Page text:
Glenbrook Ravine Park is a nice little park nestled between residential complexes in New Westminster. British Columbia’s oldest public park, it’s a combination of manicured and wild. You can access the park either at its lower end off Jamieson Court, or from its upper end off Glenbrook Drive, or from the middle off Blackberry Drive. The whole trail is about one kilometre long.
The lower section of the park holds the Glenbrook Park Amenities Centre, a small pond that has ducks, fish, and turtles, and a good collection of flower beds. You can even get a little bit of learning from the old bell from the old BC Penitentiary, if you’re so inclined.
Walk uphill from there, and the best part of the park awaits. Just past the manicured park, up on the left side of the hill, there are remnants of the BC Penitentiary cemetary. Unfortunatly you can’t get there from the ravine; the access looks to be blocked off by townhouse and condo complexes (I’ll try to figure this out soon!). At the first fork, take the right path and you’ll quickly come to a daisy-filled meadow — an ideal spot to have a picnic or play bocce with the kids!
This section is the most disappointing to me, as one bank of the hill is entirely covered with invasive Himalayan blackberry — good for picking but horrible for the native plants. I hope that cleanup and restoration of this section is on NWPCR’s radar.
Take the left path from the fork and you’ll continue up through more natural forest. Look for salmonberries and skunk cabbage! This is the quietest part of the park — you’ll hardly hear the native New Westminster fauna. This is one of the best places in New Westminster to get away from the noise. Yes, you’re not truly away from it all, but there aren’t many places in New West that are this peaceful (Lower Hume Park is probably the only other). You’re not going to spend days here reconnecting with nature, but it’s a short bus-ride from downtown, so you didn’t have to spend hours in a car getting here either.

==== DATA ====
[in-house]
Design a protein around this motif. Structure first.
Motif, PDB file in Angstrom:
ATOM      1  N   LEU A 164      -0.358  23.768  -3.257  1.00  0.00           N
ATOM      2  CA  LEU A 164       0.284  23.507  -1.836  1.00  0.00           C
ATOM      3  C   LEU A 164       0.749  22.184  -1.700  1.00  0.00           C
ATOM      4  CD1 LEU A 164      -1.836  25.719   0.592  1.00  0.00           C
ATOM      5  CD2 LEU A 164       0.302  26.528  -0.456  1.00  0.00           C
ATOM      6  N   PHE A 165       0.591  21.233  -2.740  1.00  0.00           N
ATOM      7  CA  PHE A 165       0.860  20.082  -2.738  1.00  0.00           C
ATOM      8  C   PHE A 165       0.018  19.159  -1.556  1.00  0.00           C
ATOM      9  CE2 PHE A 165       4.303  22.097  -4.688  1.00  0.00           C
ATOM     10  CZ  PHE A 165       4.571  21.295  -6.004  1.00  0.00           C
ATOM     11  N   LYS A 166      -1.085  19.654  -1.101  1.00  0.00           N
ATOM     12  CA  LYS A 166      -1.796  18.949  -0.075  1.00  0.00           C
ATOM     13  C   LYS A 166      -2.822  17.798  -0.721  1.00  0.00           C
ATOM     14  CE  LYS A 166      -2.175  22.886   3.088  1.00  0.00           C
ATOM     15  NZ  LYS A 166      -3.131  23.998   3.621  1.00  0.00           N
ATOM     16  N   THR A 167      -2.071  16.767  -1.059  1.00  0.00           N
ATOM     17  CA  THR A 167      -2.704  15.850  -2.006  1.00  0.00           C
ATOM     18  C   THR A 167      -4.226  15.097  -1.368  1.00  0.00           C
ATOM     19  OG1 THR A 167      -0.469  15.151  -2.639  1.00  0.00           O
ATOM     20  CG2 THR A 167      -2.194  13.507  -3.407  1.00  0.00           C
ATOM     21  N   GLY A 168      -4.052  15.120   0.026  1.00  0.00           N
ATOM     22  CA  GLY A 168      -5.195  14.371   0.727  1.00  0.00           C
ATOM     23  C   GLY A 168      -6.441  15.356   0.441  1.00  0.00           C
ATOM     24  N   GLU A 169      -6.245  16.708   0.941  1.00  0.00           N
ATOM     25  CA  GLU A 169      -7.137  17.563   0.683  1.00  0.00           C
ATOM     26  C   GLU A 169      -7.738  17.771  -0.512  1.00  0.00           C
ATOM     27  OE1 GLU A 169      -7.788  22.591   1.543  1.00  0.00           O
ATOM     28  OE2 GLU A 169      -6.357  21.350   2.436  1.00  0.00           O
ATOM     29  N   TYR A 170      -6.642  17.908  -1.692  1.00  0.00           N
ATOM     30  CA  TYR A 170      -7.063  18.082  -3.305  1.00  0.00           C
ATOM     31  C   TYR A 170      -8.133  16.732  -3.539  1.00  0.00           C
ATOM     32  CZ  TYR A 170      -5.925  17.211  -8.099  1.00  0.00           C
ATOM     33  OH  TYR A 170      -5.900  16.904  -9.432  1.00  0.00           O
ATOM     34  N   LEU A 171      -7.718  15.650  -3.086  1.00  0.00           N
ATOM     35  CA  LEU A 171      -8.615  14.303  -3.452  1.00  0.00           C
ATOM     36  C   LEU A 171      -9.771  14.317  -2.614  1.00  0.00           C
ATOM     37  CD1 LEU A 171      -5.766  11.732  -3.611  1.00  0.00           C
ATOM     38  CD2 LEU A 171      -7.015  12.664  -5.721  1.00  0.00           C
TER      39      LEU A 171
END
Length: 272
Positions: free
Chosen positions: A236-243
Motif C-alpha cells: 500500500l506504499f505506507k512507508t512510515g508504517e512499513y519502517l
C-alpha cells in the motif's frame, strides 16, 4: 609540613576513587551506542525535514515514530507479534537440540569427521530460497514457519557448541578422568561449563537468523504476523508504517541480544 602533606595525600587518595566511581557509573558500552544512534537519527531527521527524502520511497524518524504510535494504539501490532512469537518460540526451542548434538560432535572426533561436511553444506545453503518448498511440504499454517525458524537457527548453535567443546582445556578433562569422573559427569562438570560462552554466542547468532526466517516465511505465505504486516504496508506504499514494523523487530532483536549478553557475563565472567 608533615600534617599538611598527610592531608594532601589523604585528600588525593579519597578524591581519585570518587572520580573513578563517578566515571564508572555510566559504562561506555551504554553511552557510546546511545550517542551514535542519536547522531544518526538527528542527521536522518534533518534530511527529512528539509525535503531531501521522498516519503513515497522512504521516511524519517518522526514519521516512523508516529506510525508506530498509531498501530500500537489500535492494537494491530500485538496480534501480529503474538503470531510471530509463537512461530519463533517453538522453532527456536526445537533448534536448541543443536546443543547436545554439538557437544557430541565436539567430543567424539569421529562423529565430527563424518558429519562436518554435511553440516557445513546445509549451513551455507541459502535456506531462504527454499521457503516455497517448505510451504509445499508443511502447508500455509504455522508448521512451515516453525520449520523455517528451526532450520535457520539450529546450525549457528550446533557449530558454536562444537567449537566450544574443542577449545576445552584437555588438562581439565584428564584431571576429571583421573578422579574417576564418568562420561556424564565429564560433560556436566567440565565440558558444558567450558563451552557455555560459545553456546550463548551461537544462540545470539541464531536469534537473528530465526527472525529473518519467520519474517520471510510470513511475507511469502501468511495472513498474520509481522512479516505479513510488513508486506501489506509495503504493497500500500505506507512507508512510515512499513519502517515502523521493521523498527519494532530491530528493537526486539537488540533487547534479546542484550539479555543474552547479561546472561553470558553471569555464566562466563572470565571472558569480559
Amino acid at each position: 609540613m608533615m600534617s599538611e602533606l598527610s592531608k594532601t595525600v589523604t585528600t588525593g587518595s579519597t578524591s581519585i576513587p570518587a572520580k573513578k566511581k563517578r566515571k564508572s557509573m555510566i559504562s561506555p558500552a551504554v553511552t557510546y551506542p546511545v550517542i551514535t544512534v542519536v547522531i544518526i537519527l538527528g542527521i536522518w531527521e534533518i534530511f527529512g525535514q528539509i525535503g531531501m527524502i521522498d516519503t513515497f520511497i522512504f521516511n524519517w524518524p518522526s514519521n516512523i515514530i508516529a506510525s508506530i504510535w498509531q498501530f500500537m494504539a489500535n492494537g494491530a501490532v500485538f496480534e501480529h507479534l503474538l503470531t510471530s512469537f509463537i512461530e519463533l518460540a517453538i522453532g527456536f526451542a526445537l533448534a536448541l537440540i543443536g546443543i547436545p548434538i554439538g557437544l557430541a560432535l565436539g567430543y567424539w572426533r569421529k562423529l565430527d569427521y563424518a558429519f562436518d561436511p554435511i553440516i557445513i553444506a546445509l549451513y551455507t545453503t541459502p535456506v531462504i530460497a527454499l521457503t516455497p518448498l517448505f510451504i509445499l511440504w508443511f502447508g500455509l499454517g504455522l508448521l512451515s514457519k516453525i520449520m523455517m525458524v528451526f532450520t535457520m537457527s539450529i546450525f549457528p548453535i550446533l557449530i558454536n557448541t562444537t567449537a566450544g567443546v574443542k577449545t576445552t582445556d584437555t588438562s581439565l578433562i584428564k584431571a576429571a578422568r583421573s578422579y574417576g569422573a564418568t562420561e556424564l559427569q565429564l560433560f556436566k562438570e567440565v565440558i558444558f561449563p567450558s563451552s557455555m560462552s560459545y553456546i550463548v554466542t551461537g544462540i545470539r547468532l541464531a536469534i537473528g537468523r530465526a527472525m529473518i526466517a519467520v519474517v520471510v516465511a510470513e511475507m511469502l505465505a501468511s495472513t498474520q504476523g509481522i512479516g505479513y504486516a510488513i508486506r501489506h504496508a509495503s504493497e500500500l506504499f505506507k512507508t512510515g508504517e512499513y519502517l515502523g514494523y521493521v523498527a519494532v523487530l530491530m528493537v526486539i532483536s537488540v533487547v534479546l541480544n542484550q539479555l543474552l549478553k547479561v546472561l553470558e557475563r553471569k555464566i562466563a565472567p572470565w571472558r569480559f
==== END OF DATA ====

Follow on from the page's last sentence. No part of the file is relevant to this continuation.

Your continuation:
When you’re nearly to the top, on the left side there’s a stone riverbed coming down the hillside. This is where some local history took place back in 1907. Billy Miner, train robber extraordinaire, robbed a train near Kamloops in 1906 and was captured shortly after that by the Royal North-West Mounted Police. He was sentenced to 25 years in the BC Penitentiary in New Westminster.
On August 8, 1907, two boys were swimming in the creek just upstream from the stone riverbed when a man came to them from downstream. He told the boys that they didn’t see anything, asked them what they’d say if anybody asked (they said “nothing”), wished them a fine day, and continued on upstream. Minutes later the escape bell at the Pen rang out — Billy Miner had escaped.
(I first heard that story from a Jane’s Walk given by Dale Darychuk two years ago. With luck he does the Jane’s Walk again in 2016!)
The trail exits through switchbacks onto Glenbrook Drive, or earlier on up stairs to Blackberry Drive. It’s much nicer to just double back and enjoy the park all over again!